Having an extra week to prepare for Texas Christian, the nation’s fourth-ranked football team, is an opportunity most coaches would quickly take.
UNLV’s Bobby Hauck is happy to have the extra time, but this week’s bye is not about TCU, but his beaten-up 1-6 Rebels.
"It doesn’t do a lot of good to spend extra time on TCU," Hauck said Tuesday. "We’re trying to get better."
He said the team doesn’t need to mentally recuperate from the season’s rough first half, but the two weeks will help players heal physically.
Though Hauck wouldn’t blame the numerous injuries for the Rebels’ woes, there is at least some correlation. That and the toughest schedule a UNLV team has ever faced.
In addition to getting back some injured players, UNLV also might put wide receiver Phillip Payne back on the field.
He is working with the regular offense, though Hauck made no promises as to when Payne’s return to competition will take place. Hauck might not make an announcement to keep opponents guessing.
"That’s probably going to be a week-to-week ongoing thing, and he did a nice job (Monday) in practice," Hauck said.
n LIVING DANGEROUSLY — Utah coach Kyle Whittingham looks at his team’s minus-6 turnover margin, which is tied for No. 108 nationally, and almost marvels at Utes’ 6-0 record.
But with games remaining against Air Force, TCU, Notre Dame and Brigham Young, Whittingham also knows the ninth-ranked Utes can’t afford to continue to be so careless.
"I told the team (Monday) if we don’t turn it around, it could cost us at some point in the season," Whittingham said. "We’re living on borrowed time."
Utah is overcoming the mistakes with an offense that complements the Utes’ usually strong defense. The Utes average 45.8 points per game, first in the Mountain West and fourth nationally.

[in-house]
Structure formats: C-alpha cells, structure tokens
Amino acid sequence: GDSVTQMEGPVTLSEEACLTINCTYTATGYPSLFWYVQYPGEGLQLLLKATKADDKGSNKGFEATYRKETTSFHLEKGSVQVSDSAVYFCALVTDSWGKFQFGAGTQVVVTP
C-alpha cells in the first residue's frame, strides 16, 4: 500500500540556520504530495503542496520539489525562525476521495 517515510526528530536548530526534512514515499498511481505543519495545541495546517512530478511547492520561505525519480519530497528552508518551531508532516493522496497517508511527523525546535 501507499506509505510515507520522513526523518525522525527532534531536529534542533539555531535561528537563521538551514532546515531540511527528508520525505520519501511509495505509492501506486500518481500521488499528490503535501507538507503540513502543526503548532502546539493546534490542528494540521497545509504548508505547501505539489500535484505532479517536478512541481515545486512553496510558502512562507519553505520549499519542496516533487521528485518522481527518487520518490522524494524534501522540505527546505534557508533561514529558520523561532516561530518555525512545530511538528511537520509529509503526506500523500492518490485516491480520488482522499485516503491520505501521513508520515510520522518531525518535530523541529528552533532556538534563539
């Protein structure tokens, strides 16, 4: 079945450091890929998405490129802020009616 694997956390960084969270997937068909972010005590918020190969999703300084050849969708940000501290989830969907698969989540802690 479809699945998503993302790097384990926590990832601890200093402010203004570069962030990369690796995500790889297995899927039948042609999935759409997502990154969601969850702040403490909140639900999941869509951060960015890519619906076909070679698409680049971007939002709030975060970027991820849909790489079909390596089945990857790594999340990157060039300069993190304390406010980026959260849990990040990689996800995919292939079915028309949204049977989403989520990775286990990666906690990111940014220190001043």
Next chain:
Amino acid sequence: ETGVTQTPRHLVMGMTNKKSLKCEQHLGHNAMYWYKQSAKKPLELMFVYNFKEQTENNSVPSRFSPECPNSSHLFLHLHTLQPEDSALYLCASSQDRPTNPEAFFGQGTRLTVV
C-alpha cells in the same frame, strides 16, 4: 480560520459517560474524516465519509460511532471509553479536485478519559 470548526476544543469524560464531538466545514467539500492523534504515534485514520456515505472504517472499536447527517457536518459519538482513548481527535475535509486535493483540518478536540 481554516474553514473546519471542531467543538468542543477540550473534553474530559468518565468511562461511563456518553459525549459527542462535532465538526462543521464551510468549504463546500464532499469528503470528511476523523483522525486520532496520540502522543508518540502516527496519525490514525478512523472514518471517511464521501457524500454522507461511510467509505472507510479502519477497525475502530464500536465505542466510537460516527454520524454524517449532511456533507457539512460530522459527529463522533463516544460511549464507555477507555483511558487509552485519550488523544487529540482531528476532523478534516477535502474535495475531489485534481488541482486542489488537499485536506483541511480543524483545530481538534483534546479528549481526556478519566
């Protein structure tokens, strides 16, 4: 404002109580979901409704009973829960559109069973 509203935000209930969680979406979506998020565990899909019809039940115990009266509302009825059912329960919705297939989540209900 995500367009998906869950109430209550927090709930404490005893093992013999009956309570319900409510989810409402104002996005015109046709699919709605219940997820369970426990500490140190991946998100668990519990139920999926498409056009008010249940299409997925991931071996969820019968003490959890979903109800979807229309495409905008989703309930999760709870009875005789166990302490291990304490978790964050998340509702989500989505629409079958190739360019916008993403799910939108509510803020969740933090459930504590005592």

"We had no idea we’d be as explosive as we are," Whittingham said.
n ROCKY’S RETURN — San Diego State defensive coordinator Rocky Long heads to New Mexico this weekend, a place where he was the Lobos’ quarterback and their coach for 11 mostly successful seasons.
Long, who won a school-record 65 games, resigned following the 2008 season because he said he couldn’t take New Mexico to the next level.
Maybe the Lobos had reached their ceiling, and there was nowhere else for Long to take them. That seems to be the case given the disaster that is the current state of the program, which is 1-17 under second-year coach Mike Locksley.
New Mexico athletic director Paul "I hired Steve Alford" Krebs has to be concerned about his job security should Locksley be forced out.
Long’s reputation continues to be enhanced with every Lobos loss and with the emergence of 4-2 San Diego State as the MWC’s most improved team.
Aztecs coach Brady Hoke knows, however, that Long isn’t one to gloat.
"You know Rocky, he’s focused on what we’re doing on defense and playing our best football," Hoke said.
n JUST THE FACTS, MAN — TCU coach Gary Patterson doesn’t have the greatest reputation among Mountain West media because he doesn’t allow his players to give in-season interviews to reporters from opposing cities.
Then on Tuesday’s league teleconference, Patterson accused an Idaho Statesman reporter of playing a quote from TCU linebacker Daryl Washington for Boise State players to hear and react to before last season’s Fiesta Bowl.
But it wasn’t Statesman reporter Chadd Cripe, it was a Boise radio reporter. "I had nothing to do with it other than we ran the quote in the paper," Cripe said.
Washington said of facing Broncos quarterback Kellen Moore, "We’ll have our way with him come Monday night." That was said in a session with the media, making it fair games.
It was Washington, not any member of the media, who created a story. And a legitimate one at that.
Contact reporter Mark Anderson at firstname.lastname@example.org or 702-387-2914.